Material and method: This was a cross-sectional and analytical study, from December 2020 to May 2021. All consenting patients over 18 years of age with hypertension and CKD stage 2-5 ND was included. Socio demographic, clinical and biological data were collected. Patients were considered to have RAH if they were on 4 antihypertensive drugs or a patient on 3 antihypertensive drugs, including 1 diuretic who presented with office blood pressure ≥ 140/90 mmhg and BP ≥ 135/85 mmhg after home BP self-measurement. Home BP self-measurement was performed using an OMRON brand electronic BP monitor every morning and evening for three consecutive days and the average of the 18 values was calculated. Chi-2 and exact Fischer tests was used to assess the association between variables. p<0,05 was considered significant.

Results: A total of 194 patients were included, with 62.89% male. The mean age was 61.89 (13.13) years; 34.54% (67/194) had CKD stage 3a, 26.80% (52/194) stage 3b, 15.46% (30/194) stage 4 and 21.13% (41/194) stage 5. Hypertension: 47.93% (93/194), diabetes: 21.65%, (42/194) and chronic glomerulonephritis: 11.34% (22/194) were the main presumed etiologies of CKD. The prevalence of RAH was 26.29% (51/194), and age >60 years (p=0,001), CKD grade 5 (p=0,000), presence of diabetes (p=0,000), dyslipidemia (p=0,006), obesity (p=0,001) and smoking (p=0,001) were associated factors.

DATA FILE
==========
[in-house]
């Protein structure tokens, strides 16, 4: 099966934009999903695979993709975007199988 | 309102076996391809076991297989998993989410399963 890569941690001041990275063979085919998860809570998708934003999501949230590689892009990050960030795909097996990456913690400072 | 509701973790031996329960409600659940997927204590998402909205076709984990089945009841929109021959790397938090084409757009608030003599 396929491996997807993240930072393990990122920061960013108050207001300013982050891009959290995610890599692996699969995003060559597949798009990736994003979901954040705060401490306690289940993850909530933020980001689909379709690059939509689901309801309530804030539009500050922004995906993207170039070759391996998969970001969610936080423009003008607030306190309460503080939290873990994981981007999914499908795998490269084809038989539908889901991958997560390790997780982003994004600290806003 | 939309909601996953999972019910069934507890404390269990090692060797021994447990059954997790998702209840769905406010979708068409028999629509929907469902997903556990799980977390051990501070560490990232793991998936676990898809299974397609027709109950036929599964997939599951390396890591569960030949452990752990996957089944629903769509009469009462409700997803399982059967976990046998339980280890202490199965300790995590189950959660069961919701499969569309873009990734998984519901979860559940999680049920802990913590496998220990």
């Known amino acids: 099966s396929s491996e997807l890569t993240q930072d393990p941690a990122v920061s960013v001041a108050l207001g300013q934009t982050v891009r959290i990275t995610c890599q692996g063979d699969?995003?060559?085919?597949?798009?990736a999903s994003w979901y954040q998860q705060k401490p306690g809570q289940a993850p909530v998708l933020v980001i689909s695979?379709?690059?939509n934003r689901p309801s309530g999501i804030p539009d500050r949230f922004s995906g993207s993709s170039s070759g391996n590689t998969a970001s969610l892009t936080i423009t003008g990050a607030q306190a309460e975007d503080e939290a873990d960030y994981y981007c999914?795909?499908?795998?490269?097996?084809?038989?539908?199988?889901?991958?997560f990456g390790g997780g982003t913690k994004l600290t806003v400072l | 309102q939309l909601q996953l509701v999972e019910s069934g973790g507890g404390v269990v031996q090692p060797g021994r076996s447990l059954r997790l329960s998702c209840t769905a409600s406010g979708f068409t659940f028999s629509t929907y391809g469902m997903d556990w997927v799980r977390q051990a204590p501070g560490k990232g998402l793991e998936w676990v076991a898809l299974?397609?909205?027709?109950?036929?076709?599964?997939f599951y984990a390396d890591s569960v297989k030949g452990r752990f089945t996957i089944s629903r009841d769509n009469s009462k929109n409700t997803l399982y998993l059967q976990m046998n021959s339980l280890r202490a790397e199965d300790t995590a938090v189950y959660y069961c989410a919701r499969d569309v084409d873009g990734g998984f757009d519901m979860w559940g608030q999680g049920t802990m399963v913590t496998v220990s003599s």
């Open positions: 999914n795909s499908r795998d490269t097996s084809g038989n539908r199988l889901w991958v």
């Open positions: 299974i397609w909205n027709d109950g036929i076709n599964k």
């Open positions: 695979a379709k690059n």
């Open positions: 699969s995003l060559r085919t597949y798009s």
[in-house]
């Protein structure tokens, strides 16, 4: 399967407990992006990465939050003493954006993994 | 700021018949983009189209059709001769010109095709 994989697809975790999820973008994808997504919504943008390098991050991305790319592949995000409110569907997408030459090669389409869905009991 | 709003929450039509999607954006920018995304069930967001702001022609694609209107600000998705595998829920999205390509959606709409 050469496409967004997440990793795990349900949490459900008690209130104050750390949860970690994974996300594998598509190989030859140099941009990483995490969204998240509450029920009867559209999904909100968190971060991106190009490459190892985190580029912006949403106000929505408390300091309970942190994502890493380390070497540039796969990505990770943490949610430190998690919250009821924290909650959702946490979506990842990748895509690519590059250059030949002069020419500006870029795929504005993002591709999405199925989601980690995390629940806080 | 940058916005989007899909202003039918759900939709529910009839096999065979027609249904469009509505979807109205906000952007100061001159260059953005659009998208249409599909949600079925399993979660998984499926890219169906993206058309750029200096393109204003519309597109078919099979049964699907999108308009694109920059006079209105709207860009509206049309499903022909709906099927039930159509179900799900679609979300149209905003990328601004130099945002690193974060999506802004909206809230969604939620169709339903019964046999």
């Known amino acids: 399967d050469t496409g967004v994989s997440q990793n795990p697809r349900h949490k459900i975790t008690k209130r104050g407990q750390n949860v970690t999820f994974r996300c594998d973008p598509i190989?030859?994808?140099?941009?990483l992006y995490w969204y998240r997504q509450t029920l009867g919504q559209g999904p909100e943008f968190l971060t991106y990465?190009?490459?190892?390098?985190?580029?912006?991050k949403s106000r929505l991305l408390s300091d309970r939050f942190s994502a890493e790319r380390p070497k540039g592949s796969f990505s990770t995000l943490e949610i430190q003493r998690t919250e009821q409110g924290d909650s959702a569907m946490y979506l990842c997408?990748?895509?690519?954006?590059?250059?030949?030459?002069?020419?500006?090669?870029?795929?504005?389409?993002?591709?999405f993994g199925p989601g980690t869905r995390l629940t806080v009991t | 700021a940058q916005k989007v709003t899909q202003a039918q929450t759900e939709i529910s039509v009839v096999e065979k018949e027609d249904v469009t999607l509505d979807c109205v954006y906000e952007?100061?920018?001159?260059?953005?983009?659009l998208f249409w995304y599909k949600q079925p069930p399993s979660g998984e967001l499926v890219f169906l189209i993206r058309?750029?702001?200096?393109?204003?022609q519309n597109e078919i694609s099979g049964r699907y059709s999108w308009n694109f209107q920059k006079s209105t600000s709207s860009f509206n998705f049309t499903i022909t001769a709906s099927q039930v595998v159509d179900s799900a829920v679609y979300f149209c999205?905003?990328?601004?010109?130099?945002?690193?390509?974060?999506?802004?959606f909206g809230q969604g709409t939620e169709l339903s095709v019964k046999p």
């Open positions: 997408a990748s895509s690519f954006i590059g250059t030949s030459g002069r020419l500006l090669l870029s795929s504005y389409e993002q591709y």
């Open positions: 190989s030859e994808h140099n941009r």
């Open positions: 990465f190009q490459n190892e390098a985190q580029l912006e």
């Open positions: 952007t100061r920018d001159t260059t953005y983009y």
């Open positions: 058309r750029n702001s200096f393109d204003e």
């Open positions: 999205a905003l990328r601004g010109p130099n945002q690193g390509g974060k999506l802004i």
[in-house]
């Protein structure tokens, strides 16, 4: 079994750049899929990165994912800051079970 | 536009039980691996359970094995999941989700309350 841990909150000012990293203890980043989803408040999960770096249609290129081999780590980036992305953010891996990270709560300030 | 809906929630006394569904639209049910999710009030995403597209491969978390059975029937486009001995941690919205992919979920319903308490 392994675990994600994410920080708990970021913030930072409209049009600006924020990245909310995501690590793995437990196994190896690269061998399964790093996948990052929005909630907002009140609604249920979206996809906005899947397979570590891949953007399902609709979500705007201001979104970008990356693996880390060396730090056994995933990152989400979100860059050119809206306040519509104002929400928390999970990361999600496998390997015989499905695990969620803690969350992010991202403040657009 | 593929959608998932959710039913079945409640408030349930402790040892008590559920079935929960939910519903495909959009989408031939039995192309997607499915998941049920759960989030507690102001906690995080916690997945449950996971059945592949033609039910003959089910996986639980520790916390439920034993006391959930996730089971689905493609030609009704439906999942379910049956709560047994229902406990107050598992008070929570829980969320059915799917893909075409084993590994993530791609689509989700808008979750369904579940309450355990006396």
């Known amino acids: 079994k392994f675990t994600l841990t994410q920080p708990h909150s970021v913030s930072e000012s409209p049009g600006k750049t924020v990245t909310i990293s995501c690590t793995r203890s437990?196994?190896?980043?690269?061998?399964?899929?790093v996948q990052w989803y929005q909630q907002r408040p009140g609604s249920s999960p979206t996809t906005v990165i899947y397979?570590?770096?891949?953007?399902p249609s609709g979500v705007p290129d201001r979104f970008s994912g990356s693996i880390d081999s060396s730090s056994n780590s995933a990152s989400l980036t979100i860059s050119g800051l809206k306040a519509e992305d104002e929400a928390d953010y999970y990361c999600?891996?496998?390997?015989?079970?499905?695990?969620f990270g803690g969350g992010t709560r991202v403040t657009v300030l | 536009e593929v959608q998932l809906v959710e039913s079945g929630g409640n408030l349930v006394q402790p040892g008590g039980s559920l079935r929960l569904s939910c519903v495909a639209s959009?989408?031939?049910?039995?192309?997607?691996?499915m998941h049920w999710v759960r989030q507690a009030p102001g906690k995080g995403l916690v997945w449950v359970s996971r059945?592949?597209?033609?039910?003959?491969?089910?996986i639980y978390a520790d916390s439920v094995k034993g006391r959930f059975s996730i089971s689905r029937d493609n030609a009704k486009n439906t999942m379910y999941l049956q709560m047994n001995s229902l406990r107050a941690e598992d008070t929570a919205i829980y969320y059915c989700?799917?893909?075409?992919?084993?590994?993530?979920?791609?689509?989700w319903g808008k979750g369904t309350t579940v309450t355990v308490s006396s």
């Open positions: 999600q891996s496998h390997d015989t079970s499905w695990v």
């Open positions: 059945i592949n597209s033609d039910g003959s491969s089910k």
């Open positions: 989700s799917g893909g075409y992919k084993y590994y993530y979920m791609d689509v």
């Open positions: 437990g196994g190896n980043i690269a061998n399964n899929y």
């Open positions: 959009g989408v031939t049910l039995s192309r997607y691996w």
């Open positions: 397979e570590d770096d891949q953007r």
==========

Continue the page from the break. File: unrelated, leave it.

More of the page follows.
Conclusion: RAH is frequent amongst CKD patients, and it is associated with cardiovascular risk factors and severity of CKD. It is necessary to identify these patients and put measure to control BP especially in those with risk factors.